104 THE THANKSGIVING OF THE WAZIR
As the door opened to receive him, the wazir muttered something into his great white beard which the soldiers could not hear.
' What said the rascal ?' shouted the angry king.
He says, ' he thanks your majesty,' replied one of the gaolers. And at his words, the king stared at the closing door, in anger and amazement.
' He must be mad,' he cried, ' for he is grateful, not only for the misfortunes of others, but for his own; surely something has turned his head !'
Now the king was very fond of his old wazir, and although the court physician came and bound up his injured finger with cool and healing ointment, and soothed the pain, he could not soothe the soreness of the king's heart, nor could any of all his ministers and courtiers, who found his majesty very cross all the day long.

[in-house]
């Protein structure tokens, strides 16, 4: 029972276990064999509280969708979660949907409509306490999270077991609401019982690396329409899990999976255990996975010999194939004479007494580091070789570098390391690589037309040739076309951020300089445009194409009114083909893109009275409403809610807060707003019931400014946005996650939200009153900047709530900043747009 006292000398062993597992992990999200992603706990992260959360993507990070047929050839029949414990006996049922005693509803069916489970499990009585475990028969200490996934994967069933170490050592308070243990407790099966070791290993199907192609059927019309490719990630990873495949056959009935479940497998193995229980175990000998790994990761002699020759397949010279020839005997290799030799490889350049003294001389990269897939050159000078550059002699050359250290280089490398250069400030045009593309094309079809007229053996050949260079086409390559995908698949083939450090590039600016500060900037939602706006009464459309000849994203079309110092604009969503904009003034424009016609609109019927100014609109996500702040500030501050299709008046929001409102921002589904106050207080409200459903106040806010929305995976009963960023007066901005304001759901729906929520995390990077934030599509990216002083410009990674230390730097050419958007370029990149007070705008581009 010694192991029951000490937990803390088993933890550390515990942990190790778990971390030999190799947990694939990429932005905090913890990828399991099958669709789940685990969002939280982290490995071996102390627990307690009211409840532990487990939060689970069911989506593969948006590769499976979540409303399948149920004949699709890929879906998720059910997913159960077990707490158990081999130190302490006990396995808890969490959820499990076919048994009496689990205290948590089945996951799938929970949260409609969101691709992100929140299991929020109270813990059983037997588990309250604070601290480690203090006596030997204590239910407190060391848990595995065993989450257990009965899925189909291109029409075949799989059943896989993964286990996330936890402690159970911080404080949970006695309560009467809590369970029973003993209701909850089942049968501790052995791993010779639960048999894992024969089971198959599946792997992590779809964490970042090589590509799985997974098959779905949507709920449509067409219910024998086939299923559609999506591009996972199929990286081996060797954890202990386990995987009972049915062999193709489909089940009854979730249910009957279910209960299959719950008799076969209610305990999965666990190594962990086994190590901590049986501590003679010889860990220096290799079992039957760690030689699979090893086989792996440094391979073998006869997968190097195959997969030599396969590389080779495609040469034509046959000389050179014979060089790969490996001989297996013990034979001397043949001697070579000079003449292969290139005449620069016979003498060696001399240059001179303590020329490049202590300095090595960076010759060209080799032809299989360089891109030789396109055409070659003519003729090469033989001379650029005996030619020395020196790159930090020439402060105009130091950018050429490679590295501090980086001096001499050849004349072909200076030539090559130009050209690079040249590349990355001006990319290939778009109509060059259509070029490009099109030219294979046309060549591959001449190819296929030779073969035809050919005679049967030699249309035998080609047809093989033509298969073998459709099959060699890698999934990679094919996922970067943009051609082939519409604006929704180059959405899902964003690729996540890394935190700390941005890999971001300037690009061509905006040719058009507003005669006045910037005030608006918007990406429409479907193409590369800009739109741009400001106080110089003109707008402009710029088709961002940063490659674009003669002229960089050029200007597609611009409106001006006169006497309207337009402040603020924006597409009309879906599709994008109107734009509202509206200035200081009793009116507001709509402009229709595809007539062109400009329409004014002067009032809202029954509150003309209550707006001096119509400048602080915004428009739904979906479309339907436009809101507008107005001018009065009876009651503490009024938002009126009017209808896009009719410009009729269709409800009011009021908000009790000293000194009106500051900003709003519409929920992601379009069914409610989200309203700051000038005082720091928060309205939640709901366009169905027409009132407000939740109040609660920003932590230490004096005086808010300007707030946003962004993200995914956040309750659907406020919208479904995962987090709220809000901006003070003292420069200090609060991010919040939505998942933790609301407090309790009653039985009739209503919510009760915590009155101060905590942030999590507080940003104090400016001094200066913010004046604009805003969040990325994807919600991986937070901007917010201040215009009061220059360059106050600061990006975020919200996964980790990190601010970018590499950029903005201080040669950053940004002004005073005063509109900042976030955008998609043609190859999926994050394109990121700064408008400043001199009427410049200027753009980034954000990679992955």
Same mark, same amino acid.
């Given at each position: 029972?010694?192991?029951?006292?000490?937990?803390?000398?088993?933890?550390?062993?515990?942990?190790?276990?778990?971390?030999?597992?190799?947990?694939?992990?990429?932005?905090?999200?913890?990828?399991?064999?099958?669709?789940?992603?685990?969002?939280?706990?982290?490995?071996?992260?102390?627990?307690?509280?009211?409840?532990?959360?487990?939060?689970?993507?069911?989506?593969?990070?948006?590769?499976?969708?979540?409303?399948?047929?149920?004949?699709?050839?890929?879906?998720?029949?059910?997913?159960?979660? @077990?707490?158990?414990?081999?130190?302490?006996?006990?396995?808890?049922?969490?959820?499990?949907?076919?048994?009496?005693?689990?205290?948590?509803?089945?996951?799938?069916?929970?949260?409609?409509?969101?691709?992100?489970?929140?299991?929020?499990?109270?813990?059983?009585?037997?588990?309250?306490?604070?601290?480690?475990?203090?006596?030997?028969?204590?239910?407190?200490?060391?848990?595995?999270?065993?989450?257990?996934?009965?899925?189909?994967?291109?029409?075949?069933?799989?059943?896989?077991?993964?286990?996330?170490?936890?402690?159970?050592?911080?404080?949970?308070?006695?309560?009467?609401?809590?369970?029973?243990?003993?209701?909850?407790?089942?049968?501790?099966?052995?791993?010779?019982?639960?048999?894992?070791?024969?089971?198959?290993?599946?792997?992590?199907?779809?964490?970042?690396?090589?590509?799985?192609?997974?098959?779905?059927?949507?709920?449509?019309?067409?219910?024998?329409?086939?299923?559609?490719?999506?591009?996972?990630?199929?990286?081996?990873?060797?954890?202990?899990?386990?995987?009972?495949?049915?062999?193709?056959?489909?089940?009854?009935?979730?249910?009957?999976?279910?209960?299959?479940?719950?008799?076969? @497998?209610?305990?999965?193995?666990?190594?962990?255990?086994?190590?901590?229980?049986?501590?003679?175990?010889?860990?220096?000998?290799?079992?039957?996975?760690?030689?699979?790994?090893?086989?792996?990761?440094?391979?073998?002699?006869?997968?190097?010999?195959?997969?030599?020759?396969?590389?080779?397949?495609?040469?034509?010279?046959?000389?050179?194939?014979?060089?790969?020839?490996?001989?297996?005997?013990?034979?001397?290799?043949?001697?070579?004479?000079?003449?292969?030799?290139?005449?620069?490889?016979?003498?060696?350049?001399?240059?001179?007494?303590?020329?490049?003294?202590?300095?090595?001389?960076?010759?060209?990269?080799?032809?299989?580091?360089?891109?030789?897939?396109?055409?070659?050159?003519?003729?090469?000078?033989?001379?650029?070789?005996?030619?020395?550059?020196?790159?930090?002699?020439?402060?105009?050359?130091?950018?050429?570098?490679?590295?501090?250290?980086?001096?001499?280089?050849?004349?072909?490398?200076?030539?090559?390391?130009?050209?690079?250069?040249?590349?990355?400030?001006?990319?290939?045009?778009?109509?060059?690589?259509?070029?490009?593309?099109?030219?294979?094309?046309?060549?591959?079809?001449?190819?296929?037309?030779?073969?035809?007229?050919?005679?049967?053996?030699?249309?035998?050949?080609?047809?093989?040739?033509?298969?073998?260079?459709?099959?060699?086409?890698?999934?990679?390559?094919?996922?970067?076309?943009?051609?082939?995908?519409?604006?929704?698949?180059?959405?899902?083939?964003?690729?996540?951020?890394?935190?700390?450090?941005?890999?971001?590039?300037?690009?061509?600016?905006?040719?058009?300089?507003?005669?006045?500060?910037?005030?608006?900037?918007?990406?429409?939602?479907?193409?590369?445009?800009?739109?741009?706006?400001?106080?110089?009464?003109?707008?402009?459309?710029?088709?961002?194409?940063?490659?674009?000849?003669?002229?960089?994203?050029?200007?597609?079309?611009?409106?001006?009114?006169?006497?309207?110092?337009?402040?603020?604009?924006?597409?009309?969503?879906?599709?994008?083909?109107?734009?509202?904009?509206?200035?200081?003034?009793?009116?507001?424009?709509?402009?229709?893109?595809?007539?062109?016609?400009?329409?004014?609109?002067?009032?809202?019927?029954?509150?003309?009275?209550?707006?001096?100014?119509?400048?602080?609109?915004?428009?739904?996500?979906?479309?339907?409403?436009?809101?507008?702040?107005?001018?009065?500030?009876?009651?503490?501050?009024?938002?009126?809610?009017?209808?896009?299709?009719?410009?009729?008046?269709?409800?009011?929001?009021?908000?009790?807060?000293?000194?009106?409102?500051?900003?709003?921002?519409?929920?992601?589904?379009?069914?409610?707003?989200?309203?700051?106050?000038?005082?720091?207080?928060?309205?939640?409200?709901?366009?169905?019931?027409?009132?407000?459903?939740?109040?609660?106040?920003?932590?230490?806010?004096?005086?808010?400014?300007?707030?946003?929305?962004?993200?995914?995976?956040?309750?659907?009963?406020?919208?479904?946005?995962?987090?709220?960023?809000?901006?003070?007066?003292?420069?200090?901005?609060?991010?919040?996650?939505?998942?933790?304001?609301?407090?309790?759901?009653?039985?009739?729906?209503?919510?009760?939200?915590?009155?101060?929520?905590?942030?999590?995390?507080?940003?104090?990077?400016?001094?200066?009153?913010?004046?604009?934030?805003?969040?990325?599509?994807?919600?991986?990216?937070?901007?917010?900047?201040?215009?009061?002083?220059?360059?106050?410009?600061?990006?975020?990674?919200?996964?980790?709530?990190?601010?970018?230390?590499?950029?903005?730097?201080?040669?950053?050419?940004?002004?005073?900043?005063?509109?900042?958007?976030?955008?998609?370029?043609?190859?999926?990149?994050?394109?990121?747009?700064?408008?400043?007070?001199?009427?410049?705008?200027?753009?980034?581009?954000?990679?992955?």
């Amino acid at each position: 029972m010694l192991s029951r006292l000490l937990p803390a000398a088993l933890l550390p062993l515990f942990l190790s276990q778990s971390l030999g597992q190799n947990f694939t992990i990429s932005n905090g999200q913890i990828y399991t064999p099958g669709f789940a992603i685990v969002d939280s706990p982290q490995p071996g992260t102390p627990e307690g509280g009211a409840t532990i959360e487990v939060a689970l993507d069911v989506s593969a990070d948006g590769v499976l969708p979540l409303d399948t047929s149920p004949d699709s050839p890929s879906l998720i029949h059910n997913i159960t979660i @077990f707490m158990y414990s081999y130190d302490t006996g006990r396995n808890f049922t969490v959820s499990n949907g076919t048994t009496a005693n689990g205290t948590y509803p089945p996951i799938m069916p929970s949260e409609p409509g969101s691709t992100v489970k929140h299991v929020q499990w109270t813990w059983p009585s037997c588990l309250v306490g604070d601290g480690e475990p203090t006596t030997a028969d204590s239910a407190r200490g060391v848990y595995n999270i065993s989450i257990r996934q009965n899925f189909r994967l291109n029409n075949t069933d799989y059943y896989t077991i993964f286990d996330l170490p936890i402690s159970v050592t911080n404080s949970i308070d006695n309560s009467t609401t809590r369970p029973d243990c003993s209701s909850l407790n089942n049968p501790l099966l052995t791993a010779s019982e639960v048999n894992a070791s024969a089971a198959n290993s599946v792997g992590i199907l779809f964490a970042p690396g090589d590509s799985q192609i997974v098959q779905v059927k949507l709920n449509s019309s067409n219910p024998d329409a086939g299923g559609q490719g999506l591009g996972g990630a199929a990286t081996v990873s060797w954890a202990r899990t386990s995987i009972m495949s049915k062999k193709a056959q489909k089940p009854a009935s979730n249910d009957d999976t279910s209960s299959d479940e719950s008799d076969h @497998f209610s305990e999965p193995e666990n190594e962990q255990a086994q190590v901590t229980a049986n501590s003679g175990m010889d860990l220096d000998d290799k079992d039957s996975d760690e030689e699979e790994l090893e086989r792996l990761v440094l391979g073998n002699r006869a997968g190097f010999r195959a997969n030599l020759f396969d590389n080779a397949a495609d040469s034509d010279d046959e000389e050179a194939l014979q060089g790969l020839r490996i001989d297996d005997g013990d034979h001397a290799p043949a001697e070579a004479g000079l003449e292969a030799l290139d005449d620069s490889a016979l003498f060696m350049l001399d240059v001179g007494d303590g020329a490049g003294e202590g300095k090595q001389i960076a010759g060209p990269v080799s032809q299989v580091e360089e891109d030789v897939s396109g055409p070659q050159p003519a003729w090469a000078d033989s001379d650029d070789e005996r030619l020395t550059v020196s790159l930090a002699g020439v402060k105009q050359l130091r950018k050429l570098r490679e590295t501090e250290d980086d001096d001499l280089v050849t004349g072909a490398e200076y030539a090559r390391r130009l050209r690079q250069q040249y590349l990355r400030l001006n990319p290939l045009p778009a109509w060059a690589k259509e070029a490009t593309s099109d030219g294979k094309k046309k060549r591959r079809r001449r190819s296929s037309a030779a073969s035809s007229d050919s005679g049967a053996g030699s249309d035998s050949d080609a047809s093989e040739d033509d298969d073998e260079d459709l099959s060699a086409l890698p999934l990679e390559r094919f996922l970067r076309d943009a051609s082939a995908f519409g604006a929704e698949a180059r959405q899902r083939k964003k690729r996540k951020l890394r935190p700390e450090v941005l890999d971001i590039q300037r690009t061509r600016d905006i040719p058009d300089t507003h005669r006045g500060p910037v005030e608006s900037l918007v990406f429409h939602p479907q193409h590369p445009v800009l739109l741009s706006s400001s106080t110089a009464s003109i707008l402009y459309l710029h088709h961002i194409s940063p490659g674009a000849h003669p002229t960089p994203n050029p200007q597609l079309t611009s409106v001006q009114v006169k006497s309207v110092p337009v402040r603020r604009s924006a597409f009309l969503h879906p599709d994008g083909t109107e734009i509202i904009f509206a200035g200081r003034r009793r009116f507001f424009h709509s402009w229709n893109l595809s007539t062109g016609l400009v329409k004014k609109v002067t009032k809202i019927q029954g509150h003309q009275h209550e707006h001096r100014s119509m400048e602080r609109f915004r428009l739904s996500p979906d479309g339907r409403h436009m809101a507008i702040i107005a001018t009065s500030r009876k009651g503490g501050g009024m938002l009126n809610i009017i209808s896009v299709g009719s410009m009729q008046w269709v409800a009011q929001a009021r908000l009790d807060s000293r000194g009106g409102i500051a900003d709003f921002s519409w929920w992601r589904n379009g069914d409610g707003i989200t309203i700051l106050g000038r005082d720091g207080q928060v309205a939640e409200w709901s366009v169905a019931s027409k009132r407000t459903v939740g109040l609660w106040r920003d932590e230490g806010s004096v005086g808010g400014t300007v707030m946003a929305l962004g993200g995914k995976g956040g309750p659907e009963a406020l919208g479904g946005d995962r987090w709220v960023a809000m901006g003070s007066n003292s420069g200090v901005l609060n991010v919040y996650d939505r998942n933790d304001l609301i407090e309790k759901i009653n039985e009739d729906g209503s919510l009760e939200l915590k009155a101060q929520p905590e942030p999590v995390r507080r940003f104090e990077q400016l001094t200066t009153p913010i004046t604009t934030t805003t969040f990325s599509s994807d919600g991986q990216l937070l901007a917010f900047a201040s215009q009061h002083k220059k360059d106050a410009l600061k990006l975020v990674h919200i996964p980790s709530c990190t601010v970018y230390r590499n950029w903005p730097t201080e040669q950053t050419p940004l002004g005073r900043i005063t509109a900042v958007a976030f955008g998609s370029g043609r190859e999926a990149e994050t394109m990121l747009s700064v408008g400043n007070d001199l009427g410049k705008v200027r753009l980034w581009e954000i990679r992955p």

Early next morning the king ordered his horse and declared that he would go hunting. Instantly all was bustle and preparation in stable and hall, and by the time he was ready a score of ministers and huntsmen stood ready to mount and accompany him ; but to their astonishment the king would have none of them. Indeed, he glared at them so fiercely that they were glad to leave him. So away and away he wandered, over field and through forest, so moody and thoughtful that many a fat buck and gaudy pheasant escaped without notice, and so careless was he whither he was going that he strayed without perceiving it over into the rajah's territory, and only discovered the fact when, suddenly, men stepped from all sides out of a thicket, and there was nothing left but surrender. Then the poor badshah was seized and bound and taken to the rajah's prison, thinking most of the time of his wazir, who was suffering a similar fate, and wishing that, like the wazir, he could feel that there was something to give thanks for.